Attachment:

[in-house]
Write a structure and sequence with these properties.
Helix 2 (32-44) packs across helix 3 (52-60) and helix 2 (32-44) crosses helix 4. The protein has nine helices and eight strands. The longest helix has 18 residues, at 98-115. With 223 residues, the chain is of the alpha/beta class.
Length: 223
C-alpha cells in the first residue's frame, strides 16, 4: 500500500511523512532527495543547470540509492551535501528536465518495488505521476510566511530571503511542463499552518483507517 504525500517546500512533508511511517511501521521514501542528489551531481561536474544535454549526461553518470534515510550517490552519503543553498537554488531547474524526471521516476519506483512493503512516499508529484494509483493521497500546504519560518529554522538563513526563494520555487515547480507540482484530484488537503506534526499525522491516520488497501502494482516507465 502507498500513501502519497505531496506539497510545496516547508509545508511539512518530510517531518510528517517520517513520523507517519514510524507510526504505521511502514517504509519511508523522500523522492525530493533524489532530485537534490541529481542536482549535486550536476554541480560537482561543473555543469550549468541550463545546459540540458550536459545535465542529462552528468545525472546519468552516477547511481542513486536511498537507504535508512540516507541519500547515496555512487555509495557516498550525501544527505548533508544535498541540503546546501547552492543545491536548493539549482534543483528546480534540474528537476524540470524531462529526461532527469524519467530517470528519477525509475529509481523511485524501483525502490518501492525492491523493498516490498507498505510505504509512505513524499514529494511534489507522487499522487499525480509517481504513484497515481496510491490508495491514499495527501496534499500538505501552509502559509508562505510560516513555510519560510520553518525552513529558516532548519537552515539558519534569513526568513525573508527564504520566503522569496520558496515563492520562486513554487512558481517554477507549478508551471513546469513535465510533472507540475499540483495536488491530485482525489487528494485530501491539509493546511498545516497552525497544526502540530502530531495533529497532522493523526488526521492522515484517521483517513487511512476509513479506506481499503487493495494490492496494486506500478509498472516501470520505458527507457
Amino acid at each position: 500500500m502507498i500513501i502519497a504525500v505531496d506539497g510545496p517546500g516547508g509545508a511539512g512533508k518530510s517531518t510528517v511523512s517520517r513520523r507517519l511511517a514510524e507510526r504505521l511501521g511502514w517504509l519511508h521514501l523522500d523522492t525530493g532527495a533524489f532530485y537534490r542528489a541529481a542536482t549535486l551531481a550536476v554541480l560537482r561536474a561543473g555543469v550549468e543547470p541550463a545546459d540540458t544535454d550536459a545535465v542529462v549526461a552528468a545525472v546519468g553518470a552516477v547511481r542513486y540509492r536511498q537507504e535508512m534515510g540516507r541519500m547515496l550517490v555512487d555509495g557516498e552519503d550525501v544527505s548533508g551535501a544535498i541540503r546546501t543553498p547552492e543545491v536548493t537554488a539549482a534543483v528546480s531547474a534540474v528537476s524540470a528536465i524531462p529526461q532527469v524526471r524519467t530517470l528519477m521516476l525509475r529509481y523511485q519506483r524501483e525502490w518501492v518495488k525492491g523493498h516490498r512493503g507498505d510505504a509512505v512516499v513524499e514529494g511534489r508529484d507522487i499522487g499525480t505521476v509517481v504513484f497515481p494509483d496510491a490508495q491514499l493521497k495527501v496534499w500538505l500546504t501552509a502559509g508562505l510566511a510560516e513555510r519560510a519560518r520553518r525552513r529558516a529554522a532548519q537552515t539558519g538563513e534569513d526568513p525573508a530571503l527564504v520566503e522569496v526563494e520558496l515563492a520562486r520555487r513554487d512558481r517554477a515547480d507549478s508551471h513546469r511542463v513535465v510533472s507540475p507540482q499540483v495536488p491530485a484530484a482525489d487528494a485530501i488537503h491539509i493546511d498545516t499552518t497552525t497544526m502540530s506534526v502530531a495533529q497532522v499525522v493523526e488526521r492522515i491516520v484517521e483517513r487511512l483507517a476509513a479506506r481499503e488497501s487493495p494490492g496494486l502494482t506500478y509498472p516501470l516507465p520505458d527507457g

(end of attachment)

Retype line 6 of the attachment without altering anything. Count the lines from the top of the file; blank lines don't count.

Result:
Amino acid at each position: 500500500m502507498i500513501i502519497a504525500v505531496d506539497g510545496p517546500g516547508g509545508a511539512g512533508k518530510s517531518t510528517v511523512s517520517r513520523r507517519l511511517a514510524e507510526r504505521l511501521g511502514w517504509l519511508h521514501l523522500d523522492t525530493g532527495a533524489f532530485y537534490r542528489a541529481a542536482t549535486l551531481a550536476v554541480l560537482r561536474a561543473g555543469v550549468e543547470p541550463a545546459d540540458t544535454d550536459a545535465v542529462v549526461a552528468a545525472v546519468g553518470a552516477v547511481r542513486y540509492r536511498q537507504e535508512m534515510g540516507r541519500m547515496l550517490v555512487d555509495g557516498e552519503d550525501v544527505s548533508g551535501a544535498i541540503r546546501t543553498p547552492e543545491v536548493t537554488a539549482a534543483v528546480s531547474a534540474v528537476s524540470a528536465i524531462p529526461q532527469v524526471r524519467t530517470l528519477m521516476l525509475r529509481y523511485q519506483r524501483e525502490w518501492v518495488k525492491g523493498h516490498r512493503g507498505d510505504a509512505v512516499v513524499e514529494g511534489r508529484d507522487i499522487g499525480t505521476v509517481v504513484f497515481p494509483d496510491a490508495q491514499l493521497k495527501v496534499w500538505l500546504t501552509a502559509g508562505l510566511a510560516e513555510r519560510a519560518r520553518r525552513r529558516a529554522a532548519q537552515t539558519g538563513e534569513d526568513p525573508a530571503l527564504v520566503e522569496v526563494e520558496l515563492a520562486r520555487r513554487d512558481r517554477a515547480d507549478s508551471h513546469r511542463v513535465v510533472s507540475p507540482q499540483v495536488p491530485a484530484a482525489d487528494a485530501i488537503h491539509i493546511d498545516t499552518t497552525t497544526m502540530s506534526v502530531a495533529q497532522v499525522v493523526e488526521r492522515i491516520v484517521e483517513r487511512l483507517a476509513a479506506r481499503e488497501s487493495p494490492g496494486l502494482t506500478y509498472p516501470l516507465p520505458d527507457g